A muddy mess of a planting season
For most Iowa farmers, the spring of 2013 has been one of the most frustrating and difficult planting seasons in memory. And, unless conditions shift in a hurry, the wet conditions this spring are likely to have reverberations for farmers and consumers for months and years to come.
The wet spring has mostly been a nuisance for those of us who live in town. Maybe, it’s a wet basement, or a stalled flower garden, or a lawnmower that breaks down because we have to fire it up every other day.
But for farmers, the rainiest spring in Iowa’s history has severely delayed planting of corn and soybeans fields. That, experts say, is almost certain to dampen harvest prospects this fall. And with crop stockpiles at extremely low levels already, a smaller harvest could lead to continued cost pressure for livestock farmers, food processors and others who rely on corn and soybeans. Consumers too may feel the pinch from higher prices for meat and other products at the supermarket.
Here is the official USDA report, which shows how the wet fields have delayed Iowa’s planting progress this spring.
The recurrent rain storms have turned fields, which were bone-dry through the winter, into wet and muddy swamps. That’s forcing farmers to make some very tough decisions as the calendar flips forward to mid-June.
Some farmers are trying to determine whether to keep trying to plant corn. Yield expectations decline for corn fields planted after June 1 and fall off sharply as the month progresses. Iowa State University agronomists say that farmers who plant corn after June 7 can expect only 70 percent of the yield potential of those planted on time, and by June 15 potential drops to 50 percent.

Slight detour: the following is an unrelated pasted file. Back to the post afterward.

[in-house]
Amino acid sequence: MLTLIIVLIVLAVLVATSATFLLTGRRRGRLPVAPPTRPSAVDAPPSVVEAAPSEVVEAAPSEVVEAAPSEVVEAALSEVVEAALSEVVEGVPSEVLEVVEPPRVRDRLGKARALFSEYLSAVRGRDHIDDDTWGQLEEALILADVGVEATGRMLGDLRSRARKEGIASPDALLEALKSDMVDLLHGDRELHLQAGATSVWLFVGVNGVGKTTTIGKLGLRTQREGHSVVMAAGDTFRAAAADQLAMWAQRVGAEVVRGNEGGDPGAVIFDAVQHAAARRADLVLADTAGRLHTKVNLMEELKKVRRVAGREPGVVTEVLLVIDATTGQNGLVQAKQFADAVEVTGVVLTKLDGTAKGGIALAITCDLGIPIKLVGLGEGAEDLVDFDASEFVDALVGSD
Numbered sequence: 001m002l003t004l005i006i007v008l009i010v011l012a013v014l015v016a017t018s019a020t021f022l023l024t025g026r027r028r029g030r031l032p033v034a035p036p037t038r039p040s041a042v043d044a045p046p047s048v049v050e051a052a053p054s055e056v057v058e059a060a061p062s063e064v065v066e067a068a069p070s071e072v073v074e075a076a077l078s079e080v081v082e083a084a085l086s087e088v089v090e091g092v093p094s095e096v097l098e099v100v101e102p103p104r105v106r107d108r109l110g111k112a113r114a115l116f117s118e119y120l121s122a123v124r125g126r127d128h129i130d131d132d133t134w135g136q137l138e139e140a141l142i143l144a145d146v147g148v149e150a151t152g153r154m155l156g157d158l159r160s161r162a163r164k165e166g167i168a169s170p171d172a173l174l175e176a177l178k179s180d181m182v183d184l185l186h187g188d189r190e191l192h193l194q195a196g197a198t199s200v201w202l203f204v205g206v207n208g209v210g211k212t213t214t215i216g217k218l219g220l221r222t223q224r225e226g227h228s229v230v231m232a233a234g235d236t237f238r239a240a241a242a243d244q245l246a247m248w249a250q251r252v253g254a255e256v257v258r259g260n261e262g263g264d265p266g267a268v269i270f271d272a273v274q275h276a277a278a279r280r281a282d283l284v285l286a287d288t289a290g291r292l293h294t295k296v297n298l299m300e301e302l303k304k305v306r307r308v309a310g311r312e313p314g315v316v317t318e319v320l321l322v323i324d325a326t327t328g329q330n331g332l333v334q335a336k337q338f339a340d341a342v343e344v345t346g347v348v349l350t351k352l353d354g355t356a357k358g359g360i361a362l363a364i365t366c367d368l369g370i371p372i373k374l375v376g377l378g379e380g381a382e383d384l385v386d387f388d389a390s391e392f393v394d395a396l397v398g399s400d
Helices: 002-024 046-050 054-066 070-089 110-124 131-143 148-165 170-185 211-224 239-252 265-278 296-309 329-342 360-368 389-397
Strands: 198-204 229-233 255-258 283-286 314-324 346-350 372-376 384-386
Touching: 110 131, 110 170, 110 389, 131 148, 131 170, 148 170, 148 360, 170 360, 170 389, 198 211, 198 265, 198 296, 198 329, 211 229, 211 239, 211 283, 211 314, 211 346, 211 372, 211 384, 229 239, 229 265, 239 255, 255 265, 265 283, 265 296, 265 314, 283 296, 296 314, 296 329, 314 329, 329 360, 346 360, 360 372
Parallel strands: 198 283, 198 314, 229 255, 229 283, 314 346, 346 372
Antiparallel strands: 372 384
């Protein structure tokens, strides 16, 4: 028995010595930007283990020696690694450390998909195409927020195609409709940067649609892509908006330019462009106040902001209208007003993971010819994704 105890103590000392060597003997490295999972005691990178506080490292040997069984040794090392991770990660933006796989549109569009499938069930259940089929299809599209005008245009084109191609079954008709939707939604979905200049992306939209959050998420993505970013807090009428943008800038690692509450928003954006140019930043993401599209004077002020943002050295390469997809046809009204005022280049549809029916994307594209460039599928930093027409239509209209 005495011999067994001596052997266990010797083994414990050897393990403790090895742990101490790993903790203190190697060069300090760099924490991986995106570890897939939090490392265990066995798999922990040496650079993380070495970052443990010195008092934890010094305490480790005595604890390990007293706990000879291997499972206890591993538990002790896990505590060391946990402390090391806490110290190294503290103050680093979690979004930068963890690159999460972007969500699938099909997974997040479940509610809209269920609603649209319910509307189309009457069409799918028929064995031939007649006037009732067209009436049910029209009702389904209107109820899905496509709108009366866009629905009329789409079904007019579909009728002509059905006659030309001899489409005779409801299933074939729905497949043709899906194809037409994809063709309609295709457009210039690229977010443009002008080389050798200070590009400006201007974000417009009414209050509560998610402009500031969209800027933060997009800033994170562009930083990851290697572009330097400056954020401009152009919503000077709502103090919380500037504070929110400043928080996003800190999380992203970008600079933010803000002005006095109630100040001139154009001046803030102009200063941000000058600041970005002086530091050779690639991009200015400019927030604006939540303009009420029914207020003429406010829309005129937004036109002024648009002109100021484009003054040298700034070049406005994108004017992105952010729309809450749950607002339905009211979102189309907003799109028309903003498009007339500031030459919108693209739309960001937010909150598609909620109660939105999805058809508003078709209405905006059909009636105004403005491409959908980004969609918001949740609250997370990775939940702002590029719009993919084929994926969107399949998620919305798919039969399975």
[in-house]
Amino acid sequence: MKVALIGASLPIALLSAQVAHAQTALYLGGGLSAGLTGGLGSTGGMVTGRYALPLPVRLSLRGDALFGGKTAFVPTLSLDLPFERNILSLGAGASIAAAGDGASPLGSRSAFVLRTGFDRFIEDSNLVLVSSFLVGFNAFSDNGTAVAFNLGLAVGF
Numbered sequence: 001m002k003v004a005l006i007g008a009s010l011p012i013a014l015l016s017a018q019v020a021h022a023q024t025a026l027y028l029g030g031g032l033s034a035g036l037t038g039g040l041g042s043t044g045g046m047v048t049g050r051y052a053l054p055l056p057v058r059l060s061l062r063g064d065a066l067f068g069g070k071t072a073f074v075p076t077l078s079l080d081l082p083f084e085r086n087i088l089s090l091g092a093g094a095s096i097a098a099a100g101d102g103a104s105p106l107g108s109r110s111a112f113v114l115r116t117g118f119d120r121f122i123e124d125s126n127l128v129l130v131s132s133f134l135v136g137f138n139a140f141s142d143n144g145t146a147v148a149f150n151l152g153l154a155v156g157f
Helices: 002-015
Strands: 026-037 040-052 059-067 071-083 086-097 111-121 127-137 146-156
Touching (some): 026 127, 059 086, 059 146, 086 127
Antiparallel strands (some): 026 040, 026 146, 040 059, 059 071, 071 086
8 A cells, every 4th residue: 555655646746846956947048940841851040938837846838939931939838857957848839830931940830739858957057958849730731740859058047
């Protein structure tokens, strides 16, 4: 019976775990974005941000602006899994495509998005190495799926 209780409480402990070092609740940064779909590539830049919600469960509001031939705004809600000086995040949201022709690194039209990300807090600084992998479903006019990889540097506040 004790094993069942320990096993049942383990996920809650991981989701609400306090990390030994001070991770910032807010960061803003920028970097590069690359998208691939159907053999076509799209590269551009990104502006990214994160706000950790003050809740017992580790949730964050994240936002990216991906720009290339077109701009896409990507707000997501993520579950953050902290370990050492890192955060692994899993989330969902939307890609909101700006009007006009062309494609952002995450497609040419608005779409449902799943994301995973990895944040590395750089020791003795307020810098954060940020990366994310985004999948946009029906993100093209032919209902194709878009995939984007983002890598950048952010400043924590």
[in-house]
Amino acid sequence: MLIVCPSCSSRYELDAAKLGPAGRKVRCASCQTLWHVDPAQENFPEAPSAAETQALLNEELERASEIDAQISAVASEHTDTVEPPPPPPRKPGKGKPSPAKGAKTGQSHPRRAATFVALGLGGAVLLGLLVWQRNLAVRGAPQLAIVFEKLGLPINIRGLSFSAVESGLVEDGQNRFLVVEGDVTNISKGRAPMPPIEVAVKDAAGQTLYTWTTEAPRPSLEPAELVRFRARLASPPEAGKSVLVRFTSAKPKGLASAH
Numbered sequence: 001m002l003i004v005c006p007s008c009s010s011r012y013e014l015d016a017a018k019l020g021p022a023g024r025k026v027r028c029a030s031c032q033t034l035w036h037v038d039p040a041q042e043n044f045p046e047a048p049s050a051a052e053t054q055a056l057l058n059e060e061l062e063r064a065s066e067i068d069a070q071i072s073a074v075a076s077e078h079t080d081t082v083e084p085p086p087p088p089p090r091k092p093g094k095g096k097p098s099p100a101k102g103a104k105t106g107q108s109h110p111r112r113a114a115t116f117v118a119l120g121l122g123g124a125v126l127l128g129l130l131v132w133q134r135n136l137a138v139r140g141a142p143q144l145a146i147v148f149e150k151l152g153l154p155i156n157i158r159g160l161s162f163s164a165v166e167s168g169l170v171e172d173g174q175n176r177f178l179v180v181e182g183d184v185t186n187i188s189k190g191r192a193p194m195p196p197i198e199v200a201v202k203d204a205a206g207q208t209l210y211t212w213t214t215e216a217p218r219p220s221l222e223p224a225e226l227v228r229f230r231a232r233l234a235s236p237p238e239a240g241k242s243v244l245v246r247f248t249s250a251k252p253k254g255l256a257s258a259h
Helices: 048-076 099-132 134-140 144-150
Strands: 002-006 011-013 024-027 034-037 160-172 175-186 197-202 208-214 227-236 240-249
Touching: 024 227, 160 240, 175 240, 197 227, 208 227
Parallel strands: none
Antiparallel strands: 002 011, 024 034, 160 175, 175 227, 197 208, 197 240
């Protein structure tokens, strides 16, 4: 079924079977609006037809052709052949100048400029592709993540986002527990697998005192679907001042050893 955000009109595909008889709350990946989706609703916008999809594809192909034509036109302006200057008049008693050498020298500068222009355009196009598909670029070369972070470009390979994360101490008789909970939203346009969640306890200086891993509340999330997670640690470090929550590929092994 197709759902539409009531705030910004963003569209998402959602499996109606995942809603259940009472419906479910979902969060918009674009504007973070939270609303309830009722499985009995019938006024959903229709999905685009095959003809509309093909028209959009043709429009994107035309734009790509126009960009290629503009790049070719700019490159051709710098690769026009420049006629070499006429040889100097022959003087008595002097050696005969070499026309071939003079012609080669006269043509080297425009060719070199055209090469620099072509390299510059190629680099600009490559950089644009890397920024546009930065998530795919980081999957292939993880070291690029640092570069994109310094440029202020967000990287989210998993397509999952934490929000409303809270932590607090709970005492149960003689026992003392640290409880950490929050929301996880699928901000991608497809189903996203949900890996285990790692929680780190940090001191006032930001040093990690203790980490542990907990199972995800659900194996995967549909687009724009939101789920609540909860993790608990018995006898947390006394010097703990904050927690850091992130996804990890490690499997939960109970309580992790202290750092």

Soybeans mature in a shorter amount of time and can be planted later. But soybeans generally don’t have the income potential of corn, and soybean fields planted in June also tend to suffer yield declines compared to those planted earlier.
Even farmers with their fields planted can’t rest easy this spring. The heavy rains have left shallow ponds in many fields and the standing water could drown the young plants and force farmers to replant. And the risk of crop diseases tend to rise during wet years like this one is shaping up to be, so fields will likely need more intensive care this growing season.
In the end, a year that farmers hoped would help them recover from last year’s severe drought is not starting out well at all.
Sure, farming is always risky and Iowa weather can often be erratic. But to go from drought one year to this, that’s almost unbelievable. As one northwest Iowa farmer said as he watched a normally placid creek on his place become a raging river: “Last summer, I saw the bottom of creek beds I’ve never seen before. It’s definitely turned around.”
Written by Dirck Steimel. Dirck is the editor of the Iowa Farm Bureau Spokesman.